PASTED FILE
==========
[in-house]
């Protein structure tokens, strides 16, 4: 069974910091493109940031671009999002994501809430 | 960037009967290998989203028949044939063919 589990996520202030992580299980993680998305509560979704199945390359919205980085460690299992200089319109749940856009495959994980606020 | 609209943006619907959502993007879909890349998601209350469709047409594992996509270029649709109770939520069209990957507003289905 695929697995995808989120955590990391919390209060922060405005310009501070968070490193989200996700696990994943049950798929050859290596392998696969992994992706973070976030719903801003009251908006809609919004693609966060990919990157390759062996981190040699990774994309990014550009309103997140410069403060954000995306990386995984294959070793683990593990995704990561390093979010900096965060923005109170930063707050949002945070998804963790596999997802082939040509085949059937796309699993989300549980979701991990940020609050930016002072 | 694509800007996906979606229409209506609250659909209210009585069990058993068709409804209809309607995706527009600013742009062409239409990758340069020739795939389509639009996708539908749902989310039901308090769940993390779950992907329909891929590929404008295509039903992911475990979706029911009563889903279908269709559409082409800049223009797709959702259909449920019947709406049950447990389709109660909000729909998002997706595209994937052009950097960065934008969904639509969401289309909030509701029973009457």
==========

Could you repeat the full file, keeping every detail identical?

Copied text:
[in-house]
């Protein structure tokens, strides 16, 4: 069974910091493109940031671009999002994501809430 | 960037009967290998989203028949044939063919 589990996520202030992580299980993680998305509560979704199945390359919205980085460690299992200089319109749940856009495959994980606020 | 609209943006619907959502993007879909890349998601209350469709047409594992996509270029649709109770939520069209990957507003289905 695929697995995808989120955590990391919390209060922060405005310009501070968070490193989200996700696990994943049950798929050859290596392998696969992994992706973070976030719903801003009251908006809609919004693609966060990919990157390759062996981190040699990774994309990014550009309103997140410069403060954000995306990386995984294959070793683990593990995704990561390093979010900096965060923005109170930063707050949002945070998804963790596999997802082939040509085949059937796309699993989300549980979701991990940020609050930016002072 | 694509800007996906979606229409209506609250659909209210009585069990058993068709409804209809309607995706527009600013742009062409239409990758340069020739795939389509639009996708539908749902989310039901308090769940993390779950992907329909891929590929404008295509039903992911475990979706029911009563889903279908269709559409082409800049223009797709959702259909449920019947709406049950447990389709109660909000729909998002997706595209994937052009950097960065934008969904639509969401289309909030509701029973009457």